Three questions trustees should ask about data

Black and white picture of an old fashioned operator juxtaposed with abstract infographics

The Data Evolution project is looking into data maturity in charities and social enterprises.

Ultimately we want to help social sector organisations make better use of data to plan, target and demonstrate the impact of their services.
There are many factors that make it easier or harder for organisations to become more sophisticated with data. It is clear that governance, strategy and culture play very important roles. And those are key responsibilities for the board of trustees.

But what can trustees usefully do to encourage their organisations to become more data driven?
Here are three questions we suggest you ask:

1) What does the data tell us*?

When discussing business plans, when holding strategy sessions, when looking at changes to services ask about the evidence and the data. It’s a simple question and the answer you get will depend on where your organisation is on the data journey.
Over time, if your keep asking, the answers may become fuller and more useful.
And your services, over time, are likely to become more effective, more efficient and better suited to your communities.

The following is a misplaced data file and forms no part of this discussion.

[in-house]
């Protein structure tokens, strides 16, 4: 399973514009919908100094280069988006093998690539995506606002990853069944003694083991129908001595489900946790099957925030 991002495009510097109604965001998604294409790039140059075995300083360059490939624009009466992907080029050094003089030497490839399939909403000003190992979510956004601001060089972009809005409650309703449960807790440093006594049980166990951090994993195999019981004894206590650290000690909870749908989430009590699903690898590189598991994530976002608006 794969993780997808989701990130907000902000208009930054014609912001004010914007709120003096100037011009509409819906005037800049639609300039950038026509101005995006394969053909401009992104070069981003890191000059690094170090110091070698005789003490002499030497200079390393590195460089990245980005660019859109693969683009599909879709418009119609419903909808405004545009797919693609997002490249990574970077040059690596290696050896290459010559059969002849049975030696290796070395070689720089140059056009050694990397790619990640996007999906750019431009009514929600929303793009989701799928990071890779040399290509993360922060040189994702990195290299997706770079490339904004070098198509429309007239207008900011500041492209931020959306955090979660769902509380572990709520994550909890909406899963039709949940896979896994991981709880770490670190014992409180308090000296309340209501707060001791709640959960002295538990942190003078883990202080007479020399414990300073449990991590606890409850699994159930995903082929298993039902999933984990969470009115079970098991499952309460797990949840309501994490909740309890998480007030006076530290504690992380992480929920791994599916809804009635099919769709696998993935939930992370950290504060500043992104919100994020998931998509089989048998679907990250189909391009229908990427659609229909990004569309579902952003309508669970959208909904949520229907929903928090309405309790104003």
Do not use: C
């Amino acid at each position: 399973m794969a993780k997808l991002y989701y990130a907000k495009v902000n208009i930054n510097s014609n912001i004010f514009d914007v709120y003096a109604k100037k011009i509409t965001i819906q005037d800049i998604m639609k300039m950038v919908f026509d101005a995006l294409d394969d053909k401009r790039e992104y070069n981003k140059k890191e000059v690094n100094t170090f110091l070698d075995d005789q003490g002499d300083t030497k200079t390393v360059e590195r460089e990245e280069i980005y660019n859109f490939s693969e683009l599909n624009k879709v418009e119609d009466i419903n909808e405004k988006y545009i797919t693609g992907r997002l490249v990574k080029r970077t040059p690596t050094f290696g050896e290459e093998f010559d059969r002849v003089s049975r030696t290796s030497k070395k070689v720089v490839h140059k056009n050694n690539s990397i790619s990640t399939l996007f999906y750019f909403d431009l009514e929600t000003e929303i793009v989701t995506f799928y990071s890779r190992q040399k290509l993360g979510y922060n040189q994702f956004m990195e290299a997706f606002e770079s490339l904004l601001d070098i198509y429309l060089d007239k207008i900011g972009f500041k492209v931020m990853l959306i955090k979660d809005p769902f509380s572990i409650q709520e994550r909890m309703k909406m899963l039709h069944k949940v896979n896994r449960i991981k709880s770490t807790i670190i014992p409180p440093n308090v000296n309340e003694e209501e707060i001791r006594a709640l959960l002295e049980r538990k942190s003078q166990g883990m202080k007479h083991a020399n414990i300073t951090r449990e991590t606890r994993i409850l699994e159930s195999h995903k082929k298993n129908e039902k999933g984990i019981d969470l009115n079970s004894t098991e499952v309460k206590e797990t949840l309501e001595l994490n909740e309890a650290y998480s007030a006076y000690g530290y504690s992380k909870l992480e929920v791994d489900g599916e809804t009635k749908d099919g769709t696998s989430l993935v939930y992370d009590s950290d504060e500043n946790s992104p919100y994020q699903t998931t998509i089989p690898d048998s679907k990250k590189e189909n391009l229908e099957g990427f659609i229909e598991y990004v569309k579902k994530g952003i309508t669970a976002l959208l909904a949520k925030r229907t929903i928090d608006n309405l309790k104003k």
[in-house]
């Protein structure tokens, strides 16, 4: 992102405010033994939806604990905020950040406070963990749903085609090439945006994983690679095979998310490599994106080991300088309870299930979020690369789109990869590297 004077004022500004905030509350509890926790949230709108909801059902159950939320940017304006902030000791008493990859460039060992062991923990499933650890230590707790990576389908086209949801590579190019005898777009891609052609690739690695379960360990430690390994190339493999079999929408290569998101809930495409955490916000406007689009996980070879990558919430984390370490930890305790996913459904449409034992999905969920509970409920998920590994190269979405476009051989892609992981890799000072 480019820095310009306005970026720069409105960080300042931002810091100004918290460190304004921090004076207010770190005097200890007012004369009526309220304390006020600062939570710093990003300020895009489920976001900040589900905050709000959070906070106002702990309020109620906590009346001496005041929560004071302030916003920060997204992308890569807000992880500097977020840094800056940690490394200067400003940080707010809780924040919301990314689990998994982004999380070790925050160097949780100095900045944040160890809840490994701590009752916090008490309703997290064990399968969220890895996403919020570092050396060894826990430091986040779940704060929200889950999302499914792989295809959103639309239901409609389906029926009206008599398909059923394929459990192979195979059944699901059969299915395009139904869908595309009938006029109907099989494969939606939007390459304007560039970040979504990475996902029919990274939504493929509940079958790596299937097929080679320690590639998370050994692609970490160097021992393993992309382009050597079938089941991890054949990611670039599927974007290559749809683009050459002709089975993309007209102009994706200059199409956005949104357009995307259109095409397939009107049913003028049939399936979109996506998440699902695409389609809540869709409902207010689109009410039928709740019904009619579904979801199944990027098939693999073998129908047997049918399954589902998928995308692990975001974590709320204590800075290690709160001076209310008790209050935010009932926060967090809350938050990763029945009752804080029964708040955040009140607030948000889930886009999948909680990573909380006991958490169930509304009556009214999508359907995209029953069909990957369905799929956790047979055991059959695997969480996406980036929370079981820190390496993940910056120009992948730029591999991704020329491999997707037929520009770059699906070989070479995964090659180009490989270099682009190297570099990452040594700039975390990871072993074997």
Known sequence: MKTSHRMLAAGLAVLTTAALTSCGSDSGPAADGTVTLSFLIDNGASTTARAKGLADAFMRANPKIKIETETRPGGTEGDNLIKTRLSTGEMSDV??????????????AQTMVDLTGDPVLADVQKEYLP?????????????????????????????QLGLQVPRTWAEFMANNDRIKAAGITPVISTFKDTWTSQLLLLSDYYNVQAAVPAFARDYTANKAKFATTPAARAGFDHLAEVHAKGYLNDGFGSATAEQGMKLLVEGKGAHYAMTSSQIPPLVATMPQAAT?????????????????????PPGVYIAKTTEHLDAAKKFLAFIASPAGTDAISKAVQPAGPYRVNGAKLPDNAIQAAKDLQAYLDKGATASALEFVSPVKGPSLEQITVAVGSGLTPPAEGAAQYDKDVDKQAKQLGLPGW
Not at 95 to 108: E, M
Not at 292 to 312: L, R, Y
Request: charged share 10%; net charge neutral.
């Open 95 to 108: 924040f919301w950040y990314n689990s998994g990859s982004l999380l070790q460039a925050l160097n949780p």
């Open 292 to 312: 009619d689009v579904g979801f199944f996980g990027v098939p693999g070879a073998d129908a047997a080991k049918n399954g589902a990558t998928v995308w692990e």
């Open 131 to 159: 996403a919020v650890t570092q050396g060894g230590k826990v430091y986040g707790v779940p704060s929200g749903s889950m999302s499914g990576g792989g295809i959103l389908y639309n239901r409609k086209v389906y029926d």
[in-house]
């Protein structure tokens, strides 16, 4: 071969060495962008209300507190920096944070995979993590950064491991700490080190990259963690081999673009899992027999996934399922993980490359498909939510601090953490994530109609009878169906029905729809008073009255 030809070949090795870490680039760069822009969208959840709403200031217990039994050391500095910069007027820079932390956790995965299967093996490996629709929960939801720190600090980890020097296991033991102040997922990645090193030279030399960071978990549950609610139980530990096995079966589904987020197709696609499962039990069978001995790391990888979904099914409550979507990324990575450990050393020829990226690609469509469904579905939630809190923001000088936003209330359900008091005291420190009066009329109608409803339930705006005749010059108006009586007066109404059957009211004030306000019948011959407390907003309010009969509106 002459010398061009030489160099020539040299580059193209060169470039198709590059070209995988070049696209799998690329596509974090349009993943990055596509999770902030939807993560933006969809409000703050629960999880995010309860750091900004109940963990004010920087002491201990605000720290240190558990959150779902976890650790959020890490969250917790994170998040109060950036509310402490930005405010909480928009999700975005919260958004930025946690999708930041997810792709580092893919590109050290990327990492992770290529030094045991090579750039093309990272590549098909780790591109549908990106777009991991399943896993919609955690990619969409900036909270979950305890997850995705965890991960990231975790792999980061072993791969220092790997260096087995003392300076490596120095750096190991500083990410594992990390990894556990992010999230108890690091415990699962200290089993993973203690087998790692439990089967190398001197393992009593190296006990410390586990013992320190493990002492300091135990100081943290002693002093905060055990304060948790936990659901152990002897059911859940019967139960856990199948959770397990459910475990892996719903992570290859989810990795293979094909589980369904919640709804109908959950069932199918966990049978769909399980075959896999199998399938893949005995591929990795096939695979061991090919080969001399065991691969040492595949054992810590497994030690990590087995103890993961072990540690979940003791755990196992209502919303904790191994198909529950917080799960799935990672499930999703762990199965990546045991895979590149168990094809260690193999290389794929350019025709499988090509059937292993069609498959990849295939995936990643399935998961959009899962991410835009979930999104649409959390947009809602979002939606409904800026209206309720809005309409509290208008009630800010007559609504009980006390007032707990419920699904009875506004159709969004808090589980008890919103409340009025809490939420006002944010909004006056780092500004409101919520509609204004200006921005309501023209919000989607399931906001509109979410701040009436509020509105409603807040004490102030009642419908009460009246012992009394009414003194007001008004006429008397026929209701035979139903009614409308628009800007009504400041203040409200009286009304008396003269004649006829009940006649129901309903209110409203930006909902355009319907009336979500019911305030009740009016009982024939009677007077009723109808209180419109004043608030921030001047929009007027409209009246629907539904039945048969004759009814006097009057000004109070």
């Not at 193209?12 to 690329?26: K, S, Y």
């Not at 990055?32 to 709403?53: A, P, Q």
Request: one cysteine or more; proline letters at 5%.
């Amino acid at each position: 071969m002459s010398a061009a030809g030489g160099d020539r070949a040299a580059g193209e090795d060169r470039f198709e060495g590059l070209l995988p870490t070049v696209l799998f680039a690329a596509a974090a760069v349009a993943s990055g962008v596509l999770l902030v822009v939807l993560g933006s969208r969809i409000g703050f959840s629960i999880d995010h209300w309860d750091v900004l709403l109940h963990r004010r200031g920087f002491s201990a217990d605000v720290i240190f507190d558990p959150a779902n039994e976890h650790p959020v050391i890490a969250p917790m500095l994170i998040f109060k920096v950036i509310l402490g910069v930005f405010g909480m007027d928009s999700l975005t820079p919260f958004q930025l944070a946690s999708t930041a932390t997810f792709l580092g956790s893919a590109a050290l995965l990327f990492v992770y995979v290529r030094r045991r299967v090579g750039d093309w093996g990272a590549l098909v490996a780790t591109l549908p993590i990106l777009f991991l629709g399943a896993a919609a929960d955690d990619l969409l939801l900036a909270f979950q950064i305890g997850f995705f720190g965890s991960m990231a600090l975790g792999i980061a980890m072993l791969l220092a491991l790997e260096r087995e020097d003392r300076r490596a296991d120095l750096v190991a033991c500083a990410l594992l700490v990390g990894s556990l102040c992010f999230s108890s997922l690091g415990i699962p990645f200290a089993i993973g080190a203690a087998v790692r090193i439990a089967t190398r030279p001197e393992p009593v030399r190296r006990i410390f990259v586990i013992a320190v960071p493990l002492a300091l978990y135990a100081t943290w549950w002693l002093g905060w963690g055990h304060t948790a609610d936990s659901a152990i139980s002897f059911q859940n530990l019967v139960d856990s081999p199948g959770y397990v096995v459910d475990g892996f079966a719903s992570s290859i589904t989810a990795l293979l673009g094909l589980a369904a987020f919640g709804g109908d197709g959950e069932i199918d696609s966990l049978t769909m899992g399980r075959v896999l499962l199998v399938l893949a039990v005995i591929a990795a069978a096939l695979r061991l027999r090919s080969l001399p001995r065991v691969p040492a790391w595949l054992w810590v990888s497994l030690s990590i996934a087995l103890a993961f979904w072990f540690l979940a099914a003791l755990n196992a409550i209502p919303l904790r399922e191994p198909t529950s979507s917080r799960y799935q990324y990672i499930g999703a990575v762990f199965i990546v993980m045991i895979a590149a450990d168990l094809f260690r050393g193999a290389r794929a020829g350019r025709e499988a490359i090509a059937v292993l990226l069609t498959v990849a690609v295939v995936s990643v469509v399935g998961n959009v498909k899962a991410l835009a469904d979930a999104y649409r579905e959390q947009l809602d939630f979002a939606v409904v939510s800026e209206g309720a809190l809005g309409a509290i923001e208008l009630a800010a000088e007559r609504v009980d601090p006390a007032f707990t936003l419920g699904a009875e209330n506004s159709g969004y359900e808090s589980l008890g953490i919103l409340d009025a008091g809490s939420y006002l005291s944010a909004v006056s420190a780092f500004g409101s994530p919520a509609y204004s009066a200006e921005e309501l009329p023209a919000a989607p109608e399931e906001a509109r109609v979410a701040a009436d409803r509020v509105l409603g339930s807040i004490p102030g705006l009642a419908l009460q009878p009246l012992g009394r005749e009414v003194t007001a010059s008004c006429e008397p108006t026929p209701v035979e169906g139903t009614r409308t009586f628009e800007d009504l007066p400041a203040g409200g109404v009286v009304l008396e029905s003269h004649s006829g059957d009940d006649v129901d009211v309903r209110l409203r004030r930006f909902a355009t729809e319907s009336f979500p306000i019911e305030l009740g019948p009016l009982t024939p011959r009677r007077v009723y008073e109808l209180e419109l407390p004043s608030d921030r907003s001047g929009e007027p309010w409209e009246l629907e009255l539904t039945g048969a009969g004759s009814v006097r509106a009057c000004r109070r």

2) Can we review the data asset register?

This is a rather grand term for the idea that an effective organisation should keep a list of what data it holds, who is responsible for keeping each dataset up to date and how the organisation checks that the data is kept safe.
Simply compiling such a list can be a really useful task in itself. It can reveal hidden datasets, compiled in one team but not shared across other teams. It can reveal gaps in data.
Making this register something that the board reviews regularly can really help to raise the profile of data.

3) What do we know about the communities we are working with?

It’s not just about your data.

Increasing amounts of useful information are published by many organisations. In particular the Office for National Statistics publishes a wide range of high quality information about the makeup of communities. Local councils, health services and other charities also hold vital information and may publish it or agree to share it with you.

By looking at the context in which you deliver your services, you may spot opportunities you had missed, gaps that could be filled or very different ways to think about your services.

Asking more sophisticated questions